WHAT CAN PAY?

What we are told here in Hebrews is that the solution to the problem of sin requires a payment. Sin has to be dealt with in a specific way. It can’t be ignored until it goes away because it won’t. It can’t be excused or covered up or dismissed as unimportant because it isn’t. God is holy, and a holy God reacts to sin like a flame reacts to gasoline: the two simply cannot be brought into contact. So God cannot live in the presence of sin, nor can sin remain in his presence, and therefore sinners can’t be forgiven and accepted by God unless all their sins have been removed from them.

This is the truth that lies behind the prescription of Hebrews 9:22: “without the shedding of blood there is no forgiveness of sins.” The word here translated “forgiveness” literally means “putting away.” Sin can only be put away after it has been punished. You know as well as I do that if you have a debt the only thing that can really satisfy it is payment. For example, if you’re late with a payment on your car or house, you don’t really need a friendly reminder in the mail or a phone call from your banker; you don’t even need advice on how you should feel or what you should do. What you need is money! It’s the same with sin. What we need is not to be told how to feel or what to do about sin. We need someone or something to pay for it. The writer to the Hebrews also tells us here that the only payment which is acceptable for sin is death. Sin can’t be forgiven unless there is a death offered “the shedding of blood” means to put someone to death.

This fact lay behind the whole Old Testament system of religion. When God instituted the elaborate series of animal sacrifices which were the basis of Israel’s worship, he was teaching his people that death is demanded in order for sin to be forgiven. From the very beginning the religion of Israel was a religion of blood. Every morning and evening, first at the tabernacle and later at Solomon’s temple, the people approached God by offering up animals in sacrifice. The temple in Jerusalem was more like a bloody slaughterhouse than a quiet cathedral. Its very stones ran red with the blood of sacrificial animals. And throughout the centuries every one of those offerings, every ritual sprinkling, every application of blood to the altar and to the great Ark of the Covenant with its mercy seat in the Holy of Holies – every single sacrificial victim, in fact, shouted out this truth: “without the shedding of blood there is no forgiveness of sins.”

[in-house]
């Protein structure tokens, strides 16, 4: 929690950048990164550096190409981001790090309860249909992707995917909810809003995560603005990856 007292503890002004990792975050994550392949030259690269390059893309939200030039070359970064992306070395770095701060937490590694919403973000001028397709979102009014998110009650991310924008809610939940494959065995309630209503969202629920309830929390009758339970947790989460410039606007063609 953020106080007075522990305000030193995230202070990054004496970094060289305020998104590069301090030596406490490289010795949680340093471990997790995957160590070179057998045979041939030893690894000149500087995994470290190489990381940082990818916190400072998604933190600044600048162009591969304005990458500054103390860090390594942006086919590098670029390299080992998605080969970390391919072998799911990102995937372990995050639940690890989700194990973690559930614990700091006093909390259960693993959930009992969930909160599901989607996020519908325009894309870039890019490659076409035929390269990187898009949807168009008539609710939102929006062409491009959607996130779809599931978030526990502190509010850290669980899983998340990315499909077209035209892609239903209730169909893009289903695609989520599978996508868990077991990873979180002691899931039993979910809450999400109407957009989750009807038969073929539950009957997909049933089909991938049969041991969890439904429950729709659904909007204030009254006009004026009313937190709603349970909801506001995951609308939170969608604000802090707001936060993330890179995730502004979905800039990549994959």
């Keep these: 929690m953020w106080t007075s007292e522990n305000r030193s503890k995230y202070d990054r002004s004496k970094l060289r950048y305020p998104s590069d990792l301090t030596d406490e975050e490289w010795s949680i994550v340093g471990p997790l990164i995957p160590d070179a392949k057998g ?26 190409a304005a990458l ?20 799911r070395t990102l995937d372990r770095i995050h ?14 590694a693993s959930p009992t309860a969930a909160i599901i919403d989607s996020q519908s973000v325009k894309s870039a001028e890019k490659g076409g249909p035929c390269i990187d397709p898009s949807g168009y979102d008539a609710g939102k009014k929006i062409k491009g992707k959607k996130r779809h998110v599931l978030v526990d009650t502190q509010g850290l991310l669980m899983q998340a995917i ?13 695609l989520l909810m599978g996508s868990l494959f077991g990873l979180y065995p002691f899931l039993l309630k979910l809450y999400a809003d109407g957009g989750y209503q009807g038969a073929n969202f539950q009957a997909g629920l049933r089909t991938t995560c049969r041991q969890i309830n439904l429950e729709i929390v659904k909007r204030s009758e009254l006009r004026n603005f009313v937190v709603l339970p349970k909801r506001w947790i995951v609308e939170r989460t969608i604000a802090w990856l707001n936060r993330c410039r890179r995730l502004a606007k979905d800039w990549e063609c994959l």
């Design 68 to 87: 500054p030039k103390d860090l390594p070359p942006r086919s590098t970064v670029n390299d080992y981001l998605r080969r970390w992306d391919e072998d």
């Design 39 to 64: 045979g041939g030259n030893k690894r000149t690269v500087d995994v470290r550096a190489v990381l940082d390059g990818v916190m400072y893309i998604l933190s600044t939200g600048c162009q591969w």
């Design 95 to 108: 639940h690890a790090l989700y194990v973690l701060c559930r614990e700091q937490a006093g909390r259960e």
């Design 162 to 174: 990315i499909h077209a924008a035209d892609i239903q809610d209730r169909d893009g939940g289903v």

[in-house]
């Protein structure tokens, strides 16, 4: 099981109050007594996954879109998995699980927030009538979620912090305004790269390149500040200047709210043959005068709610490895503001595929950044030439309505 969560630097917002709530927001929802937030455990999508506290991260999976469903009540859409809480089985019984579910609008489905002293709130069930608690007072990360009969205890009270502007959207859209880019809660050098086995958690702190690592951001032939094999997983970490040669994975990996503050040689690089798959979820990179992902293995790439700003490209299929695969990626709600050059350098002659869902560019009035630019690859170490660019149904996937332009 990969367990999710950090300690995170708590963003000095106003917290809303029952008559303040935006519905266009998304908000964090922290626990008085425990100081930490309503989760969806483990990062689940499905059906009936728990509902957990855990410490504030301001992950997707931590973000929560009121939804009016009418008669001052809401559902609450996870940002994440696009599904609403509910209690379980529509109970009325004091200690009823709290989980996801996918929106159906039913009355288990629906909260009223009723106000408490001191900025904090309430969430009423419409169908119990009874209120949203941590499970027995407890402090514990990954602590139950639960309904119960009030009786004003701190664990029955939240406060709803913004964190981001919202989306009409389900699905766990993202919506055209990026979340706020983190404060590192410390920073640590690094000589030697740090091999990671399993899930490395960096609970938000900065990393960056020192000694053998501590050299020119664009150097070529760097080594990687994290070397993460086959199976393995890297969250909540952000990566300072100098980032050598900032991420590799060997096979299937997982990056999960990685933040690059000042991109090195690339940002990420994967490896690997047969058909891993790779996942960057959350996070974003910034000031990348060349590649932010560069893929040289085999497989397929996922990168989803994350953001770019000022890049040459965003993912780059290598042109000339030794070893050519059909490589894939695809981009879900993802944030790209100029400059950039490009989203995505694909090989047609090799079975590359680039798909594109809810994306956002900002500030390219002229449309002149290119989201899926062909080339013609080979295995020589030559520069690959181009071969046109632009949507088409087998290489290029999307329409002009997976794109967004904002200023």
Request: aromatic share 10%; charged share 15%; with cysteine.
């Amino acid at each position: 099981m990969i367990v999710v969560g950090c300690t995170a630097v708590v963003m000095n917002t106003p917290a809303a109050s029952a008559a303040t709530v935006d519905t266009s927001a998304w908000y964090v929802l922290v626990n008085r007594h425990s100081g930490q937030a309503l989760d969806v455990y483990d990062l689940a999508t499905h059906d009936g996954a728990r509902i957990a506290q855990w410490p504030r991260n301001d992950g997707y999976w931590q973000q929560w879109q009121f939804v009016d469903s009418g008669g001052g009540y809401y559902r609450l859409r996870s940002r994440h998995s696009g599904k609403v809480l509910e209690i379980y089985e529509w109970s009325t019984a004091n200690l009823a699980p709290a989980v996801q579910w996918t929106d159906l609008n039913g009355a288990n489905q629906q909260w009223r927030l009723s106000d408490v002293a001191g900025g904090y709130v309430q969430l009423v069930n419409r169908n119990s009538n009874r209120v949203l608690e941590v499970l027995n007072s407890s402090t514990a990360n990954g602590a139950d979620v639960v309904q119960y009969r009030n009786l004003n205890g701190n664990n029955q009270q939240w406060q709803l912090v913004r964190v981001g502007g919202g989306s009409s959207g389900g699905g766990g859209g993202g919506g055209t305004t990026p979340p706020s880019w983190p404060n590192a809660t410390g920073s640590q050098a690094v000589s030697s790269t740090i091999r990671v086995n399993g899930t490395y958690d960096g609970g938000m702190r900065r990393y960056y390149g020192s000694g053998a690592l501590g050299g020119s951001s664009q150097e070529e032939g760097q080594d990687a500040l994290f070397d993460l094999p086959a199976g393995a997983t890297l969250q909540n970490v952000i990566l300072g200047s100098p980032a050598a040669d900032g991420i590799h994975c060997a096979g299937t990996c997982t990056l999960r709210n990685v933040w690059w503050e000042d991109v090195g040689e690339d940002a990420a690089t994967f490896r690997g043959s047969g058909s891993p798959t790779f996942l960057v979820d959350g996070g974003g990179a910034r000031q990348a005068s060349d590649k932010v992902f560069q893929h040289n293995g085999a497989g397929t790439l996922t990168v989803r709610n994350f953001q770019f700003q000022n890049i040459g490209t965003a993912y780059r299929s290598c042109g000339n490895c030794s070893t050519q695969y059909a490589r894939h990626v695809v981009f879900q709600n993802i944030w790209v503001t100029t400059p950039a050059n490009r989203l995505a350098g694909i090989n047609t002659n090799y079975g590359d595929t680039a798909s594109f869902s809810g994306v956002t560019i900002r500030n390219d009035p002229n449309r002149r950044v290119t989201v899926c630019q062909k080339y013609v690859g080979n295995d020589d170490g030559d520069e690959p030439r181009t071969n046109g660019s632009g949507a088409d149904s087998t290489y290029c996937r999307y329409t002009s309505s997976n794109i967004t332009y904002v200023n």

WHO CAN PAY?

But Hebrews also points us to the only sacrifice that is truly adequate for sin. Whose blood was it that had to be shed? Certainly not ours. It’s true that for us to die would satisfy the righteous demands of the law, but that would also mean our destruction. But the wonder of the gospel is its revelation that despite our sin, God still loves us. Because of this he has provided a substitute, someone to die in our place.

And that brings us to the other great lesson of Old Testament worship. The payment for sin must be death, but God has offered a substitute to die that death. For centuries the substitute was an animal, a sheep or a goat or a bull, always clean, perfect and unblemished. But these sacrifices were really only object lessons, substitutes for the real Substitute, for no mere animal’s life could ever have enough merit to atone for wrong-doing.

The law is only a shadow of the good things that are coming – not the realities themselves. For this reason it can never, by the same sacrifices repeated endlessly year after year, make perfect those who draw near to worship. If it could, would they not have stopped being offered? For the worshipers would have been cleansed once for all, and would no longer have felt guilty for their sins. But those sacrifices are an annual reminder of sins, because it is impossible for the blood of bulls and goats to take away sins. . . .